It’s a story that began with an eagle-eyed Jewish blogger who writes under the pseudonym “Challah Hu Akbar” and progressed all the way to the White House. In the process, it has reignited the debate as to whether Egypt’s Muslim Brotherhood President, Mohamed Morsi, is really the pragmatic moderate that many believe him to be.
On Jan. 3, Challah Hu Akbar tweeted an item from the Middle East Media Research Institute (MEMRI) in which Morsi, in a 2010 speech, uttered what is a standard Islamist anti-Semitic slander, namely that Zionists are descended from “apes and pigs.” A little more than a week later, noticing that Morsi’s statement had barely registered with the wider media, The Atlantic columnist Jeffrey Goldberg wrote a blog post with the entirely apt headline, “Egyptian President Calls Jews ‘Sons of Apes and Pigs;’ World Yawns.” At Forbes magazine, Richard Behar made an identical point, adding that in the same set of remarks, Morsi had called for a boycott of the United States—whose taxpayers have provided Egypt with billions of dollars in aid—because of its support for Israel.
Eventually, the Morsi story found its way into the New York Times, which felt duty-bound to point out that “Mr. Morsi and other political and Brotherhood leaders typically restrict their inflammatory comments to the more ambiguous category of ‘Zionists.'” Actually, it’s not ambiguous at all. Especially since the Second World War, the word “Zionist” has always been code for “Jew” in the capitals of the Muslim world, as well as in the capitals of the late, unlamented communist bloc of states. And in case there was any lingering doubt, a subsequent Morsi item posted by MEMRI, also from 2010, showed the Muslim Brotherhood leader helpfully urging his people “not forget to nurse our children and grandchildren on hatred towards those Zionists and Jews.”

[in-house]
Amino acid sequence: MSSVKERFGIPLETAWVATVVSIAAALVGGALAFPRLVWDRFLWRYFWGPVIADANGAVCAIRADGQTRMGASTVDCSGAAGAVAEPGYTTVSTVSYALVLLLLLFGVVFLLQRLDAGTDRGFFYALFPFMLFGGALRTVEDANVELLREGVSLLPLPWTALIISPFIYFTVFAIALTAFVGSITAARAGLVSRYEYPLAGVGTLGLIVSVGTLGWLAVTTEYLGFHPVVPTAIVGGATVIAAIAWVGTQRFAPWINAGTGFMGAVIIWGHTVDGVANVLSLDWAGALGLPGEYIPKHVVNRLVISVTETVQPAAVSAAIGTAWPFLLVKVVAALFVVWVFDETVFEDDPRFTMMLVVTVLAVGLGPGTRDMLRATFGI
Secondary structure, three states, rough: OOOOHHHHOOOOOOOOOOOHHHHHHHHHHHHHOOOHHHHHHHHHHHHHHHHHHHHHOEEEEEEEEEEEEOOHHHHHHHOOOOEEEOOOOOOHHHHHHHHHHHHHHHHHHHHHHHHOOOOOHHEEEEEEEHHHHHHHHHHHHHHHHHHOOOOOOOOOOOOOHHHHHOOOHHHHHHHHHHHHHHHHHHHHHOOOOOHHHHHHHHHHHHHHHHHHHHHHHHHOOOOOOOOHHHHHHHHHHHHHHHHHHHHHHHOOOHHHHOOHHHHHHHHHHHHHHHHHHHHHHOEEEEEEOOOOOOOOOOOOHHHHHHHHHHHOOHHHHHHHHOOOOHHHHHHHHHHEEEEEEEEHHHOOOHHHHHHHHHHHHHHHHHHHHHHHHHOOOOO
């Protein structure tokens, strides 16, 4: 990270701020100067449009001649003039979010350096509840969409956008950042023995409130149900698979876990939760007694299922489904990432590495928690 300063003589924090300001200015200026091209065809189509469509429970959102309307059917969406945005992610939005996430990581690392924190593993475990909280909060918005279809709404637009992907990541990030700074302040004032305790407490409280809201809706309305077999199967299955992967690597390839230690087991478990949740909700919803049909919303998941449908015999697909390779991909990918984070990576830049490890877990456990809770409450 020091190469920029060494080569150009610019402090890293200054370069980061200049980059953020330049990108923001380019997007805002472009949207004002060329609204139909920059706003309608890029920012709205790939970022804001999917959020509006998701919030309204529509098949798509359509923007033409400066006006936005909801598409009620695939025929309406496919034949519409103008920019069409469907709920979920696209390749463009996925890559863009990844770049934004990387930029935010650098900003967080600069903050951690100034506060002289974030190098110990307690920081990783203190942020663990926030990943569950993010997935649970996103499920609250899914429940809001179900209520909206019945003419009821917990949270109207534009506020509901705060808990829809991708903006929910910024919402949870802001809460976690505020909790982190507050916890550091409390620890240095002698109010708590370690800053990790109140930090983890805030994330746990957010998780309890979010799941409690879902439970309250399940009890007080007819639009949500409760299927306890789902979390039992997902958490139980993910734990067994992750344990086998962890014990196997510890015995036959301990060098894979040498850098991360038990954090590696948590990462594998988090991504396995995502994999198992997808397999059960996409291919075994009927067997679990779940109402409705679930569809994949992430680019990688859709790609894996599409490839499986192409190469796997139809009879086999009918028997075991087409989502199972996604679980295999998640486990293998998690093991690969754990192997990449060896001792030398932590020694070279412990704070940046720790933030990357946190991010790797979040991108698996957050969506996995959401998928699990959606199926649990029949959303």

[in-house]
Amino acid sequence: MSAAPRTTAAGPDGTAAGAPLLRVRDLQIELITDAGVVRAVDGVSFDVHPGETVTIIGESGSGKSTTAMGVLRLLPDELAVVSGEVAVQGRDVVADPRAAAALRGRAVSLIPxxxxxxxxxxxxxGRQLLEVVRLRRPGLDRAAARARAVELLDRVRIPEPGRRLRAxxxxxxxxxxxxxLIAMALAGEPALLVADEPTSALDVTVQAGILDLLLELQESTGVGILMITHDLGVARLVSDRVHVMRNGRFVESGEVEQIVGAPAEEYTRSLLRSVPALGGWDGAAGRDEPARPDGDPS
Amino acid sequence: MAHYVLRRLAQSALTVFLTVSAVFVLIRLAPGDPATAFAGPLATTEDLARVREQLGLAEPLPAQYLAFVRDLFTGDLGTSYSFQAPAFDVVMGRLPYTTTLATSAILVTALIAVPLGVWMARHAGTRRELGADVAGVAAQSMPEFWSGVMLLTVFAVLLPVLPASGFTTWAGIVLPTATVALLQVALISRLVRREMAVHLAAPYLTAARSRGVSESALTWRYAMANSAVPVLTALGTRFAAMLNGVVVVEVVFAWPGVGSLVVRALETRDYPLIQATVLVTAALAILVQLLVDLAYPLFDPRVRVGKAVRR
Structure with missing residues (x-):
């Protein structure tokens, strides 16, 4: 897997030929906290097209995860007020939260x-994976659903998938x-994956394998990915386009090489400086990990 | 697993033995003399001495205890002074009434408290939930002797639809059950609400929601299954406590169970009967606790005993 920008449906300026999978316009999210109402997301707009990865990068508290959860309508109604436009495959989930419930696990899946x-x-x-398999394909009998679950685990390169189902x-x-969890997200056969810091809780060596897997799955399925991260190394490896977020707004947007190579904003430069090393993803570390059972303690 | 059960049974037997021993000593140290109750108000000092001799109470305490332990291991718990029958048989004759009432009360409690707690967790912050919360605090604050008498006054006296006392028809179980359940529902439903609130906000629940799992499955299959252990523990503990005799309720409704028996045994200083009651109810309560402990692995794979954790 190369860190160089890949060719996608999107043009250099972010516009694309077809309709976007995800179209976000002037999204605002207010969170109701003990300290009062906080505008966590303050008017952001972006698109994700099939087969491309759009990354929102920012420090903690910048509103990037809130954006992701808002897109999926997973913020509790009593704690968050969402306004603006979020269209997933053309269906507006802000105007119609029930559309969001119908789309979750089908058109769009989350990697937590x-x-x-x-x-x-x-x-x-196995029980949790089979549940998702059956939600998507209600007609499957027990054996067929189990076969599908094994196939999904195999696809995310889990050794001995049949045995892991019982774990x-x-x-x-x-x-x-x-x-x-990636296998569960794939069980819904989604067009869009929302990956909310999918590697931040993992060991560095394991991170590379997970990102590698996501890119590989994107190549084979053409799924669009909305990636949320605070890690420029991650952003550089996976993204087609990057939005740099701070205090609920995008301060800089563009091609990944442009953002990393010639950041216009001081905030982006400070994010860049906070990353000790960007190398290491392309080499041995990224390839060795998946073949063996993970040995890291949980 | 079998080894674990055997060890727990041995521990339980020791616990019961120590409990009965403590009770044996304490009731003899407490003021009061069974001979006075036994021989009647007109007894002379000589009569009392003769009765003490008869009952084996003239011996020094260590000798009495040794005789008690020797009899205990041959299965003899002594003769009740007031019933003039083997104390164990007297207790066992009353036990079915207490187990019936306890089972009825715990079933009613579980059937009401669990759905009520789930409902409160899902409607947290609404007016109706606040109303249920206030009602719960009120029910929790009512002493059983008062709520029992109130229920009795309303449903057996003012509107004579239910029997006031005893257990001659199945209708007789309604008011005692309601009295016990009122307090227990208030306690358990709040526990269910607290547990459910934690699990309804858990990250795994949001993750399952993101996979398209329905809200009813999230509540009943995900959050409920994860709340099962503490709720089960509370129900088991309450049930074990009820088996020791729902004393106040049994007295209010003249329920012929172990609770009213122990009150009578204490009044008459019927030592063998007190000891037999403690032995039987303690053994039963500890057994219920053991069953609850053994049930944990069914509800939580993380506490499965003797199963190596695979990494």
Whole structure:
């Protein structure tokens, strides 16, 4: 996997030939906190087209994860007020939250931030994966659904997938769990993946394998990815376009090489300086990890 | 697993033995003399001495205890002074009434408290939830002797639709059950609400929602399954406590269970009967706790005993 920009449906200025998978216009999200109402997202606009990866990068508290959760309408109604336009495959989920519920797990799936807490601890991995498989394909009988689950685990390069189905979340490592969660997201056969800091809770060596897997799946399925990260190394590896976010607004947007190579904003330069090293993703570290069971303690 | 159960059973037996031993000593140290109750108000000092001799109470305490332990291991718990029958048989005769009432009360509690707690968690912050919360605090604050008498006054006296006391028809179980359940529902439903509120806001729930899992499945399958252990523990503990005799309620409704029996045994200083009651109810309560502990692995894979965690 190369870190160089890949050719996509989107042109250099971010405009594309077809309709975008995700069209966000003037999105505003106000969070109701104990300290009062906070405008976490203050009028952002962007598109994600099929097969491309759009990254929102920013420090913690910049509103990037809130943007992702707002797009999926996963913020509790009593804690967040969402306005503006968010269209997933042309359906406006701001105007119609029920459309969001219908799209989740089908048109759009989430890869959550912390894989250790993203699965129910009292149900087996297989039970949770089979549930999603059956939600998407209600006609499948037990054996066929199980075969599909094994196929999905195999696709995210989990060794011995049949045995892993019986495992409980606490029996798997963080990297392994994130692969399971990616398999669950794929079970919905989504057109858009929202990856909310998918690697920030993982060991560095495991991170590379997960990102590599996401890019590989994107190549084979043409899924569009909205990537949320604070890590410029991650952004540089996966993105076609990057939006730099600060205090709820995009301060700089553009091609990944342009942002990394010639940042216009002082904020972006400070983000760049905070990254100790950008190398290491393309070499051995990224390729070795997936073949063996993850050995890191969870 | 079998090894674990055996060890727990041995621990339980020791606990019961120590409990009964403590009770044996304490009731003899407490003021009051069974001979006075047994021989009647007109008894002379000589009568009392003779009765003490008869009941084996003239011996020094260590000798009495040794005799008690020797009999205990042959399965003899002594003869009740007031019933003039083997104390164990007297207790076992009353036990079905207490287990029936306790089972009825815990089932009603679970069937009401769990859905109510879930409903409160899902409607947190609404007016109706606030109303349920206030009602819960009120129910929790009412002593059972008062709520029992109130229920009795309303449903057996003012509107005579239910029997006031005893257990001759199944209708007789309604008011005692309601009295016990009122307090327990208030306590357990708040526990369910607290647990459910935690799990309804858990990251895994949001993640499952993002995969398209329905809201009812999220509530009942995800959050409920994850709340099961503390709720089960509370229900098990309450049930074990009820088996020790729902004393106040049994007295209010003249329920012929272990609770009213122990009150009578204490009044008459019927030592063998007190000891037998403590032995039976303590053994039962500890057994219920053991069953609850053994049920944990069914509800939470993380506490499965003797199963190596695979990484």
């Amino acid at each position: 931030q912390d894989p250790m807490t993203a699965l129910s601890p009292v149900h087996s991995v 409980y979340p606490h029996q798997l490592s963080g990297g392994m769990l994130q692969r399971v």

Unusually, given the prevailing view that accusations of anti-Semitism are a smear cooked up by an unscrupulous Jewish—sorry, I mean Israel—Lobby, condemnation of Morsi did follow. The New York Times published an editorial urging President Obama to directly convey to Morsi that such offensive comments ran counter to the goal of peace. White House spokesman Jay Carney also issued a statement, declaring, “President Morsi should make clear that he respects people of all faiths, and that this type of rhetoric is not acceptable or productive in a democratic Egypt.”